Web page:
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May heat wave in India 1.5 degrees Celsius warmer than previous extremes

Heat waves have impacted people for three consecutive years, affecting their health

A man splashes water on his face on a hot summer day amid heatwave, in Gurugram | PTI

Heatwaves like those experienced in India this May are nearly 1.5 degrees Celsius warmer than the country's previously recorded hottest heatwaves, according to a new rapid attribution study by an independent group of climate scientists and researchers.

The analysts at ClimaMeter said the intense and prolonged heat wave India endured in May was a result of the naturally occurring El Nino phenomenon -- unusual warming of the ocean surface in the central and eastern tropical Pacific Ocean -- and the rapidly increasing concentration of greenhouse gases -- primarily carbon dioxide and methane -- in the atmosphere.

The researchers analyzed how events similar to the high temperatures in India's May heatwave changed in the present (2001-2023) compared to the past (1979-2001).

"The temperature changes show that similar events produce temperatures in the present climate at least 1.5 degrees Celsius warmer than what they would have been in the past over a large area of the region analyzed. The precipitation changes do not show any significant variations," the analysis read.

ClimaMeter's findings underscore that heatwaves in India are reaching unbearable temperature thresholds because of fossil fuels burning, said Davide Faranda of French National Centre for Scientific Research.

"There are no technological solutions for temperatures approaching 50 degrees Celsius. We should all act now to reduce CO2 emissions and avoid exceeding vital temperature thresholds in large areas of the subtropics," he said.

Gianmarco Mengaldo of National University of Singapore said the findings show the complex interplay between natural variability and climate change, with the latter playing an important role in critical synoptic-weather-pattern changes in tropical and subtropical regions that may significantly aggravate heatwaves in the near future.

The world is witnessing weather extremes under a combined effect of the 2023-24 El Nino and human-caused climate change.

This May was the warmest May ever and the last 12 consecutive months -- June 2023 to May 2024 -- have broken temperature records for each corresponding month, according to the European climate agency Copernicus.

Northwest India and parts of the central region reeled under a punishing heatwave in May which tested India's disaster preparedness, with several states reporting heat-related deaths.

There are concerns that heat waves in April and May have played a role in the lower-than-usual voter turnout during the seven-phase general elections in India that began on April 19 and ended on June 1, the second longest after the 1951-52 parliamentary elections.

According to the Central Water Commission, water storage in 150 major reservoirs in India dropped to just 22 per cent of their live storage this week, exacerbating water shortages in many states and significantly affecting hydropower generation.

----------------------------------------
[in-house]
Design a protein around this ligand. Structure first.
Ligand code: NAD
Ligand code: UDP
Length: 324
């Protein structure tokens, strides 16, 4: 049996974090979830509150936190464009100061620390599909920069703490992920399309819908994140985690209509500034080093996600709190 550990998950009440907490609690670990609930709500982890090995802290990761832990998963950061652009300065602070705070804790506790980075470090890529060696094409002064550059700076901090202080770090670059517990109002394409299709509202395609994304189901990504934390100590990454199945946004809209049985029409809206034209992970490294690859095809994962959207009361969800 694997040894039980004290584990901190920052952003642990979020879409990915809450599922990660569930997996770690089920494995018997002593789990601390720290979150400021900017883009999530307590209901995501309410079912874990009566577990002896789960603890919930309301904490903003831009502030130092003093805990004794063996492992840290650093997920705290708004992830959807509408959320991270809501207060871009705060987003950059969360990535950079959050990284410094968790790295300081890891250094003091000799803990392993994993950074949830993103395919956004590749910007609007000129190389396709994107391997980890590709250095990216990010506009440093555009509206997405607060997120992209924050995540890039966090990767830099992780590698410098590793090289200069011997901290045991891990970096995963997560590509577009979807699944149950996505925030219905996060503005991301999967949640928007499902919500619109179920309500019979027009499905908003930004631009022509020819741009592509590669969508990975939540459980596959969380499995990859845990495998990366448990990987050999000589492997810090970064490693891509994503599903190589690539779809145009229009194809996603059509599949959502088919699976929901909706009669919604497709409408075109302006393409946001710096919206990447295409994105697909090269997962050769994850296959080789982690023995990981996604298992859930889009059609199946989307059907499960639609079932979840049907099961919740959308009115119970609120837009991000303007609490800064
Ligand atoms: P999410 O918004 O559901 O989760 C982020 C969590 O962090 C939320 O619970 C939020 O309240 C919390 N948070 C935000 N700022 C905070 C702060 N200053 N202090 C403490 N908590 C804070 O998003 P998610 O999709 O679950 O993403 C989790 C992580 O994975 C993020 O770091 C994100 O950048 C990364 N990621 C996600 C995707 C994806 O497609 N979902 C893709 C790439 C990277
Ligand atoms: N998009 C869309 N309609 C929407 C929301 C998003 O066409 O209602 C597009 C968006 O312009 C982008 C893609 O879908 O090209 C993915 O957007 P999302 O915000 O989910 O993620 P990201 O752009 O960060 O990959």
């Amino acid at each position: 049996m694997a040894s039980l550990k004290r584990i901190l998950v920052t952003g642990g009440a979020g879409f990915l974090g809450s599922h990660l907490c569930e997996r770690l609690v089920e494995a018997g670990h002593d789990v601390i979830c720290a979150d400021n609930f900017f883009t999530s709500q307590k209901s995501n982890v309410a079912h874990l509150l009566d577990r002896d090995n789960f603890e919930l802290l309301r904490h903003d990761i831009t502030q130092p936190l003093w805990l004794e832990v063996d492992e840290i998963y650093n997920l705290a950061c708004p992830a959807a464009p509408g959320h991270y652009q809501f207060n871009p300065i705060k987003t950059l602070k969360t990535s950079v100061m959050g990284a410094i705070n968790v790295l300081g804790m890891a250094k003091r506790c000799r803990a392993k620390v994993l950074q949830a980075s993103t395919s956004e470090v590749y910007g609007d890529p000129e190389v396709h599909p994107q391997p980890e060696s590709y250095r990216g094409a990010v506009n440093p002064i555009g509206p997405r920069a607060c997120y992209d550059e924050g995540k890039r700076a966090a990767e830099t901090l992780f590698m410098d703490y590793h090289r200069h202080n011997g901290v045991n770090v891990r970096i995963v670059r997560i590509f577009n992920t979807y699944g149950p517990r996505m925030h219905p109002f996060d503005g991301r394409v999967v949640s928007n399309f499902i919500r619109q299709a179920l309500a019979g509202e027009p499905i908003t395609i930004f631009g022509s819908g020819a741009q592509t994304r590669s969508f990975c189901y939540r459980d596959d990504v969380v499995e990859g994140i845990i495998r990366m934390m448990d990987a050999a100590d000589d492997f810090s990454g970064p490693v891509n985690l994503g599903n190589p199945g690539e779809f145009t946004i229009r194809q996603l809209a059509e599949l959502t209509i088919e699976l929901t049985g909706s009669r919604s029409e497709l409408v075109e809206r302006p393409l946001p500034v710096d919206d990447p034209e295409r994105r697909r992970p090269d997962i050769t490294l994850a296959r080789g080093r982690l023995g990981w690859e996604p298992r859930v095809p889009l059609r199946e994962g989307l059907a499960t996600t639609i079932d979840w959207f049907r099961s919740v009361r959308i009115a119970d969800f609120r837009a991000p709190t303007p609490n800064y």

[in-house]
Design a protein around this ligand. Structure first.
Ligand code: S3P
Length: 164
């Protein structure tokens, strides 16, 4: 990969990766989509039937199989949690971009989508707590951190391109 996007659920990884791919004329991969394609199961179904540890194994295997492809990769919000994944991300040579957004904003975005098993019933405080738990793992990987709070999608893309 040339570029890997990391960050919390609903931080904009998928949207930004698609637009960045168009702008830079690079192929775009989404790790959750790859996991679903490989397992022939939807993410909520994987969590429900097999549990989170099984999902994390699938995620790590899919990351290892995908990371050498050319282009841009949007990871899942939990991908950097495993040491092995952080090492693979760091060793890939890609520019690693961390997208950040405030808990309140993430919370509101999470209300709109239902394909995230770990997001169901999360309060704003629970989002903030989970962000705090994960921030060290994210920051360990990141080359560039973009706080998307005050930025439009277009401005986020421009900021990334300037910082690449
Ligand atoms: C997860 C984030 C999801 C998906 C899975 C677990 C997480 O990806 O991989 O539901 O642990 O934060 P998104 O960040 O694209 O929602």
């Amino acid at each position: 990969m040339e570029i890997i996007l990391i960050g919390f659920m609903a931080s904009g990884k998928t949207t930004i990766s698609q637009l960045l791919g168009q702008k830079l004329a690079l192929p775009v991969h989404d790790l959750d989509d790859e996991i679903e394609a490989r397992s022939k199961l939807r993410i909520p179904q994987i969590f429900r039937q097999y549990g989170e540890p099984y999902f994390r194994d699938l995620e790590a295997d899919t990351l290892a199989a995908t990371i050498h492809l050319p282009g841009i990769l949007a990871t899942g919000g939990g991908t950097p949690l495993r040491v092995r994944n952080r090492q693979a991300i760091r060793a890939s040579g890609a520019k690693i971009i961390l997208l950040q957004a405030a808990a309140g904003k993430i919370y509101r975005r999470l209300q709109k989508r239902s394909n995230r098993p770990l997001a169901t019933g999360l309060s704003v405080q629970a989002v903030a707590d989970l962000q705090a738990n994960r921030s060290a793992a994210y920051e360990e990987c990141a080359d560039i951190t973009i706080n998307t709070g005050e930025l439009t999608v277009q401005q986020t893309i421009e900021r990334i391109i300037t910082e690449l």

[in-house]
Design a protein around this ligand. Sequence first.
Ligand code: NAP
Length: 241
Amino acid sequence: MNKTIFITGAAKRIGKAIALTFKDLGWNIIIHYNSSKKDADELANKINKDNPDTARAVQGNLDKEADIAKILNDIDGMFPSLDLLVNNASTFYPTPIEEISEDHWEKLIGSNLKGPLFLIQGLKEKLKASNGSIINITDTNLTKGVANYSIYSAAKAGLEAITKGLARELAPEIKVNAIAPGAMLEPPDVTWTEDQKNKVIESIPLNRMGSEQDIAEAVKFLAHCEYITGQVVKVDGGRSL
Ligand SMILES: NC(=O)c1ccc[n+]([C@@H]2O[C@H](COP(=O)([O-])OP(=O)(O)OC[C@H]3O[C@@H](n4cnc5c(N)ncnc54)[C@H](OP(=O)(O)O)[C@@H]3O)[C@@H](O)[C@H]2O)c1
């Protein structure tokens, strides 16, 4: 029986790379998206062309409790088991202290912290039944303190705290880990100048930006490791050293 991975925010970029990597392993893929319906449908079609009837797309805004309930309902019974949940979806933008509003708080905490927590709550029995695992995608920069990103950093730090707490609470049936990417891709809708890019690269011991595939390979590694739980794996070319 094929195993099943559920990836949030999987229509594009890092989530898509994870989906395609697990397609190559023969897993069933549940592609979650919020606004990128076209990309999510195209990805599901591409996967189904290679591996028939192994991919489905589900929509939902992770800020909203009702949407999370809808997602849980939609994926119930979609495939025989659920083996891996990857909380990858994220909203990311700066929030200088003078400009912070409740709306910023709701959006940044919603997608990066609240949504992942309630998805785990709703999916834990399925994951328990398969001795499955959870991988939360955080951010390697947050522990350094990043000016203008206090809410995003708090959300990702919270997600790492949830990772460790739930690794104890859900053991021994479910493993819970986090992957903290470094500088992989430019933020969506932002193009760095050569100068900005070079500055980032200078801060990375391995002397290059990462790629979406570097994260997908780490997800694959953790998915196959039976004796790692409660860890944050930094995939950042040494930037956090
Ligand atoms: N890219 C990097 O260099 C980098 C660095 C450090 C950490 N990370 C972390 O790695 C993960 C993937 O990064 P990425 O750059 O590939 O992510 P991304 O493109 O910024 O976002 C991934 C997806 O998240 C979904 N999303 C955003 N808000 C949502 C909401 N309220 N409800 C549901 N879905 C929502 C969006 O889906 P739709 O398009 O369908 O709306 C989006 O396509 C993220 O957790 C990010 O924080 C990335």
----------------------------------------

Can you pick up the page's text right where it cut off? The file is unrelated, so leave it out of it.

The intense heat has already driven India's power demand to a record 246 gigawatts, with air conditioners and coolers in homes and offices running at full capacity.

India recorded nearly 25,000 suspected heat stroke cases and 56 deaths due to heat-related illnesses from March to May, PTI reported earlier, citing data from the health ministry.

According to data compiled by the National Centre for Disease Control (NCDC), 46 of these deaths were recorded in May alone (till May 30). Between May 1 and 30, 19,189 suspected heat stroke cases were reported in the country, it said.

The data does not include deaths from Uttar Pradesh, Bihar, and Delhi, and the final numbers are expected to be higher, a source said.

Severe heat waves have impacted a large number of people in parts of India for three consecutive years, affecting health, water availability, agriculture, power generation, and other sectors of the economy.

The heatwave in May saw several places across the country, including Assam, Himachal Pradesh, and Arunachal Pradesh, recording their all-time high temperatures. Parts of India saw record-breaking maximum temperatures in April as well.

Similar heatwaves could occur once every 30 years, and these have already become about 45 times more likely due to climate change, 'World Weather Attribution', a group of leading climate scientists, said last month.

Experts say those working outdoors, the elderly, and children are at higher risk of heat exhaustion and heatstroke.

According to a World Bank report, India could account for 34 million of the projected 80 million global job losses from heat stress-associated productivity decline by 2030.

In the absence of adequate cold-chain infrastructure, extreme heat can cause major damage to fresh produce. Studies show India faces food losses worth USD 13 billion a year, with only four percent of fresh produce covered by cold chain facilities. 

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